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Possible culprits in congenital heart defects identified

Date:
October 3, 2013
Source:
Washington University in St. Louis
Summary:
Mitochondria are the power plants of cells, manufacturing fuel so a cell can perform its many tasks. These cellular power plants also are well known for their role in cell suicide. Now, researchers have shown that mitochondria remarkably also orchestrate events that determine a cell’s future, at least in the embryonic mouse heart. The new study identifies new potential genetic culprits in the origins of some congenital heart defects.

A normal heart is represented in the top image. Researchers have shown that mitochondria play a surprising lead role in mouse heart development. Dysfunctional mitochondria lead to severely underdeveloped, thin-walled hearts, depicted in the bottom image. The study identifies new potential genetic culprits in the origins of some congenital heart defects.
Credit: Gerald W. Dorn II, MD

Mitochondria are the power plants of cells, manufacturing chemical fuel so a cell can perform its many tasks. These cellular power plants also are well known for their role in ridding the body of old or damaged cells.

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Now, researchers at Washington University School of Medicine in St. Louis and the University of Padua-Dulbecco Telethon Institute in Italy have shown that mitochondria remarkably also orchestrate events that determine a cell's future, at least in the embryonic mouse heart. The new study identifies new potential genetic culprits in the origins of some congenital heart defects.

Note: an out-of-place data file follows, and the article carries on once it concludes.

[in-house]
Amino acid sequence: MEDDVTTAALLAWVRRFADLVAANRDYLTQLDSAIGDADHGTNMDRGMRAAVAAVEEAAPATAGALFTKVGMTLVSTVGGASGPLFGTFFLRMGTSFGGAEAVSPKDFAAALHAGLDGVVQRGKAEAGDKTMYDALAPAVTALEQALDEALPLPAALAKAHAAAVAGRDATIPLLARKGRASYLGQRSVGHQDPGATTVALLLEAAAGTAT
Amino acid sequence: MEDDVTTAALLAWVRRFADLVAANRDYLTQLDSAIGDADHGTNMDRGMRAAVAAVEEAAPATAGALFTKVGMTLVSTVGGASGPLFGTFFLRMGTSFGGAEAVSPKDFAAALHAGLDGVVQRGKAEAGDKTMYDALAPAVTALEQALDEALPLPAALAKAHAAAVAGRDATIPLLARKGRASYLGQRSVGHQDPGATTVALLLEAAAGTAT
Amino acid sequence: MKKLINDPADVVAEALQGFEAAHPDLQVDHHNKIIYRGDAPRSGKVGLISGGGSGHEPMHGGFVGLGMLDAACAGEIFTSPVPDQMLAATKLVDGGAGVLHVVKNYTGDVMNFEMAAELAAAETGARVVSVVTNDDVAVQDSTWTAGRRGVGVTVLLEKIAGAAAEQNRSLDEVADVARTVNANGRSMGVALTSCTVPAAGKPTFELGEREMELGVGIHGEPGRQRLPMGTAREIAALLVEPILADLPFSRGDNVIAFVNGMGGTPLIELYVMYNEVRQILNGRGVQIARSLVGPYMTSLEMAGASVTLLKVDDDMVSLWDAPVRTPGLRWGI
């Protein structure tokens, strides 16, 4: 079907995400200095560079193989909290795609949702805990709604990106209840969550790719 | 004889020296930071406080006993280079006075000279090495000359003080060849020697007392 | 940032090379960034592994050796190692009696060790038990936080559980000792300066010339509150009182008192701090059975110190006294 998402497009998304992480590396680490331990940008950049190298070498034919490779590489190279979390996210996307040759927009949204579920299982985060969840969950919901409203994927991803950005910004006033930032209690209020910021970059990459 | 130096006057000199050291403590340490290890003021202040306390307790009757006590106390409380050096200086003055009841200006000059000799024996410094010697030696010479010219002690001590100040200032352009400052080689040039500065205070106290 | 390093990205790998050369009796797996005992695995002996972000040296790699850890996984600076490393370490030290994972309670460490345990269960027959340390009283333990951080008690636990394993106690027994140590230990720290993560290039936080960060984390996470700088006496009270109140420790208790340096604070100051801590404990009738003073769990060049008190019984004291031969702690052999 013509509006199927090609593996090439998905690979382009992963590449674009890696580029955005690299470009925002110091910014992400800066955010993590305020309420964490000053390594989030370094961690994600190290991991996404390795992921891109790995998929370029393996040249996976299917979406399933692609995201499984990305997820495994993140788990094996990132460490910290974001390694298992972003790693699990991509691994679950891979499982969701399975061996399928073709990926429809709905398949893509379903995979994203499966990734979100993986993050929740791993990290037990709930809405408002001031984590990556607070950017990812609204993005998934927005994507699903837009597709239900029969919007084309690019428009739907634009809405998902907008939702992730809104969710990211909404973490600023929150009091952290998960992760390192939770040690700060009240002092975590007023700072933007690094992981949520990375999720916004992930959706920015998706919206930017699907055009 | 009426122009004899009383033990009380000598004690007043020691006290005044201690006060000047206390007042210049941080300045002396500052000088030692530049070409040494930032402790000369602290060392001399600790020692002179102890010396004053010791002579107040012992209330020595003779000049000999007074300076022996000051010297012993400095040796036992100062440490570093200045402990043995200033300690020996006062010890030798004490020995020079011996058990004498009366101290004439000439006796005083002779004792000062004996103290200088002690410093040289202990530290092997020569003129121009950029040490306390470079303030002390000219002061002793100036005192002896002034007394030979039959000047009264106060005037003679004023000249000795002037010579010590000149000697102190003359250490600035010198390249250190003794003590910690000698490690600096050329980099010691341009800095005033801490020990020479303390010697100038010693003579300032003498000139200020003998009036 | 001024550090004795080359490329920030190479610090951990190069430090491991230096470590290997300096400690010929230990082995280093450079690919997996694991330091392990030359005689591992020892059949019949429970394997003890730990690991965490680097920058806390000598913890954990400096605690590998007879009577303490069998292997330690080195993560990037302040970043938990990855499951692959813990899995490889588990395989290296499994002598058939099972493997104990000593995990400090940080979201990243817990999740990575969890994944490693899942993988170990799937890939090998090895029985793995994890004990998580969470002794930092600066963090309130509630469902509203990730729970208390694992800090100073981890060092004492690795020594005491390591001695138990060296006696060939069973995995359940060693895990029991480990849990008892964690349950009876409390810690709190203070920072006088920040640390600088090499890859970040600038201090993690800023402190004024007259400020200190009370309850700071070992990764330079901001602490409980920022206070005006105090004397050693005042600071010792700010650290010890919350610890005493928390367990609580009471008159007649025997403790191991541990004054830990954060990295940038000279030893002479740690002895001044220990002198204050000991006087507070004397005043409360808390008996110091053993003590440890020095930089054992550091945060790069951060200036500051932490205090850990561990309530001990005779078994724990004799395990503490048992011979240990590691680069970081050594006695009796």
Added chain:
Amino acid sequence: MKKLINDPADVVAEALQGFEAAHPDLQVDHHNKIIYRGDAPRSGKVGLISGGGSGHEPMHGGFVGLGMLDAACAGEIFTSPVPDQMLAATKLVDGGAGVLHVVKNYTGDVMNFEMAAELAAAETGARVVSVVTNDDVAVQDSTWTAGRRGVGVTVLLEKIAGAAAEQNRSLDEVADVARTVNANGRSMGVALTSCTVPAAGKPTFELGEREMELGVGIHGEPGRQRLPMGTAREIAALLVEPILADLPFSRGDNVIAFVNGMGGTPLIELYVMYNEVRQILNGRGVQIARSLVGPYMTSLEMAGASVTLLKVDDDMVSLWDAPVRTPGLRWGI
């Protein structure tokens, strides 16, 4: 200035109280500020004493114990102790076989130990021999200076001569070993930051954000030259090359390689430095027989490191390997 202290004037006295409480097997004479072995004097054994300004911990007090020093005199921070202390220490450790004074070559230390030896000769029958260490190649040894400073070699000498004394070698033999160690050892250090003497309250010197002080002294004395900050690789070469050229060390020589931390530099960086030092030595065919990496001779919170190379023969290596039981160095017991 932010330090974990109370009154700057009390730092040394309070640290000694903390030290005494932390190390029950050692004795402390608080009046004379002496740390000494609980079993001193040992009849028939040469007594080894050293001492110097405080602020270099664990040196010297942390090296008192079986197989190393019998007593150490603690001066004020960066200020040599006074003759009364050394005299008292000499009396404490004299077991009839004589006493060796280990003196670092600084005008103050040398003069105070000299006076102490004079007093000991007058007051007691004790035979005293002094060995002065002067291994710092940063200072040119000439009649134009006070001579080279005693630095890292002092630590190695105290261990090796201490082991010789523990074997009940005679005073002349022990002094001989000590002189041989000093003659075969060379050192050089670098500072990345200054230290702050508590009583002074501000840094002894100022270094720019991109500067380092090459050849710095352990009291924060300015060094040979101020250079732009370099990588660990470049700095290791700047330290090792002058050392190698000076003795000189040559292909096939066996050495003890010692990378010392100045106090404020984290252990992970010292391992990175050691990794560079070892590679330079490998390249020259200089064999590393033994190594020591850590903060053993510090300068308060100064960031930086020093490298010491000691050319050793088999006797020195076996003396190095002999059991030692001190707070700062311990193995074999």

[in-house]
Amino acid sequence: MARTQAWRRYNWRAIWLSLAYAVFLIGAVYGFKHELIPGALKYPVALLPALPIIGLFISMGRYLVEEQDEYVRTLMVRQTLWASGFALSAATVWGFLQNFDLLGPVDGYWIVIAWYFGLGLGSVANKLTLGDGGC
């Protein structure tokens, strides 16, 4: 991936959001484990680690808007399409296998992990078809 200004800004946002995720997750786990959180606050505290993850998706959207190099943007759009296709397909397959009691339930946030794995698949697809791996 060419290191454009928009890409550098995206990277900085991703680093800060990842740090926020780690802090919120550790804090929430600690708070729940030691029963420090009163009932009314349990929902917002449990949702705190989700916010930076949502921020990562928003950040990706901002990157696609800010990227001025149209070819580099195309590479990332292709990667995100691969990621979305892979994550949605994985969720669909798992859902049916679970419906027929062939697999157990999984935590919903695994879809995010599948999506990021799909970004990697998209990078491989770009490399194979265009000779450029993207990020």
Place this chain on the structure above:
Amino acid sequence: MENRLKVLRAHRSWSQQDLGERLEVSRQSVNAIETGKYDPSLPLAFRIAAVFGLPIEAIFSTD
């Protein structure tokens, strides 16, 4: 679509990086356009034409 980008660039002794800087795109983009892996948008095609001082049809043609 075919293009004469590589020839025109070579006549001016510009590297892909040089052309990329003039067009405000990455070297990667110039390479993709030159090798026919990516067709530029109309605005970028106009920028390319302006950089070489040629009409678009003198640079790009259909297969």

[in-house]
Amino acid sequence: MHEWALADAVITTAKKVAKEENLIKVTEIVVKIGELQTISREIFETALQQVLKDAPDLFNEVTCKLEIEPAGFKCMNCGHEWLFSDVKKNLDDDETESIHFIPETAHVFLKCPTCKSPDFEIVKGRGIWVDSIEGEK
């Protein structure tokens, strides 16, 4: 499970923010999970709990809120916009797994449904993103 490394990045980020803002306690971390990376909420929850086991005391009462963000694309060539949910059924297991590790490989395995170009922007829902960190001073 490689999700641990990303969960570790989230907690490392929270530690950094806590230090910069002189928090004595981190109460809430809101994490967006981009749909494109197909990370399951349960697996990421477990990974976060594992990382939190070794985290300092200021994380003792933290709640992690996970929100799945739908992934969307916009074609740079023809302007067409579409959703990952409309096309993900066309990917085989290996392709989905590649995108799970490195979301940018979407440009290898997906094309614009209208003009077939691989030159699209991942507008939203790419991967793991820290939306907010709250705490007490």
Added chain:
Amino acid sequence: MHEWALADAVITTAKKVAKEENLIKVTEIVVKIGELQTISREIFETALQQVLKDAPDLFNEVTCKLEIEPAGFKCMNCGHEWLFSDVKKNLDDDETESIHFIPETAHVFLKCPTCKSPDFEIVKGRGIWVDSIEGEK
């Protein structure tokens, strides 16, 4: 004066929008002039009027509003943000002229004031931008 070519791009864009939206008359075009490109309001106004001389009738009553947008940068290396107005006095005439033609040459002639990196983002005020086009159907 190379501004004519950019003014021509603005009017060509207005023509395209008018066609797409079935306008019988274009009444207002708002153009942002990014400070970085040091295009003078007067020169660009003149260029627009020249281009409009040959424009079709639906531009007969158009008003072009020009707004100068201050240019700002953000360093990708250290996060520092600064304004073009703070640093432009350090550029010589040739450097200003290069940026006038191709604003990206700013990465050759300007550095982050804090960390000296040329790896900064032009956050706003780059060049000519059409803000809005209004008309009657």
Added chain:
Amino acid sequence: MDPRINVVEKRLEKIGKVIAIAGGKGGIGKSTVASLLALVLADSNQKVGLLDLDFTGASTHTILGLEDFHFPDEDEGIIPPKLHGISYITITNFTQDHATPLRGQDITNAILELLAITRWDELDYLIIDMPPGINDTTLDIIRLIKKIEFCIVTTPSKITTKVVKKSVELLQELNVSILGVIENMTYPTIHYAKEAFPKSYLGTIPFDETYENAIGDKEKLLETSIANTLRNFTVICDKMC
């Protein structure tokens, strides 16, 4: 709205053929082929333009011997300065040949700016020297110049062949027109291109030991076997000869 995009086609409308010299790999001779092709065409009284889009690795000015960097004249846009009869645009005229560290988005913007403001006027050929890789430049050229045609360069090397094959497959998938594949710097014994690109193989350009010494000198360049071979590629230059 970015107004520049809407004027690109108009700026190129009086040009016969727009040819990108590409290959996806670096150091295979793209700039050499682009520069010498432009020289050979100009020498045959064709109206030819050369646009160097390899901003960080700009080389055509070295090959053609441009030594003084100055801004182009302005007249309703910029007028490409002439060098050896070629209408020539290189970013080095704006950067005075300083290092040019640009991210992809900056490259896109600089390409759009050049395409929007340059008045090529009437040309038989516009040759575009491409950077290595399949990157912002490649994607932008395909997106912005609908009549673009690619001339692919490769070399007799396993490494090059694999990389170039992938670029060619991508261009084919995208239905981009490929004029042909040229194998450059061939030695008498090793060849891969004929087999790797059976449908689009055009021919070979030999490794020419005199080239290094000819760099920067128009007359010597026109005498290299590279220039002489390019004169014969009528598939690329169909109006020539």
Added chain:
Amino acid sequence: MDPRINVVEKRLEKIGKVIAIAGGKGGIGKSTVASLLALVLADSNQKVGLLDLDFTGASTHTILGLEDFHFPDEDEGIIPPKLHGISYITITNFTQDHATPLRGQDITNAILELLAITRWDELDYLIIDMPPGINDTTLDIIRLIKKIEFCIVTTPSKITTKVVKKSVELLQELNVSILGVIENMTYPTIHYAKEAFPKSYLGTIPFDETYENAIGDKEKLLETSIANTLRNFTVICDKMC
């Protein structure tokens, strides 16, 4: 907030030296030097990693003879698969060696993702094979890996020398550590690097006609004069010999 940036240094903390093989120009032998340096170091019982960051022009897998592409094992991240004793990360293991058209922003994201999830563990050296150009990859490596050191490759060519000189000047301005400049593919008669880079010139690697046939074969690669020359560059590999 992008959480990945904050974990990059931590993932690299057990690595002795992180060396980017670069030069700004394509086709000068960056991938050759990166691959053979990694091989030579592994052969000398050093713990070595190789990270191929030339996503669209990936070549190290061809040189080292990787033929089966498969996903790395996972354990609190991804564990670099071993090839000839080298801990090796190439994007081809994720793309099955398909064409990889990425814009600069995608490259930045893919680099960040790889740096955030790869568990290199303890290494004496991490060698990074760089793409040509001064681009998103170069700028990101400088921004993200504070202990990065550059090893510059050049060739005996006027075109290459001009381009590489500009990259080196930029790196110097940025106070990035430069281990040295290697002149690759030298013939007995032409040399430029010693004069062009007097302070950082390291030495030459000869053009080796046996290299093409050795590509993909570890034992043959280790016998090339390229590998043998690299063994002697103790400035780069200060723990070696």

The study appears Oct. 3 in Science Express.

"This study is surprising because biologists always assumed that organ development was orchestrated from the nucleus of a cell, and that the mitochondria simply followed along and did what they were told," said Gerald W. Dorn II, MD, the Philip and Sima K. Needleman Professor of Medicine at Washington University. "Now we've shown that mitochondria can direct what type of tissue a cell will become during embryonic development. Until recently, I would have dismissed this notion as science fiction."

Indeed, Dorn compares the new findings to the science fiction film Invasion of the Body Snatchers. The current understanding of mitochondrial origins is that they began as independent bacteria that invaded other cells as parasites. This initial invasion of host cells evolved into a symbiotic relationship such that now cells rely on mitochondria for fuel and quality control and mitochondria rely on cells for their very existence.

"We knew our cells had developed a working relationship with what originally had been outside invaders," Dorn said. "But now we have evidence that these invaders can become the boss. Mitochondria are already known to be the gatekeepers of cell death. Our new study shows they also orchestrate cell destiny as heart muscle cells."

Though this study is specific to cardiac muscle cells, Dorn anticipates future work will investigate whether this paradigm is true in other cell types as well.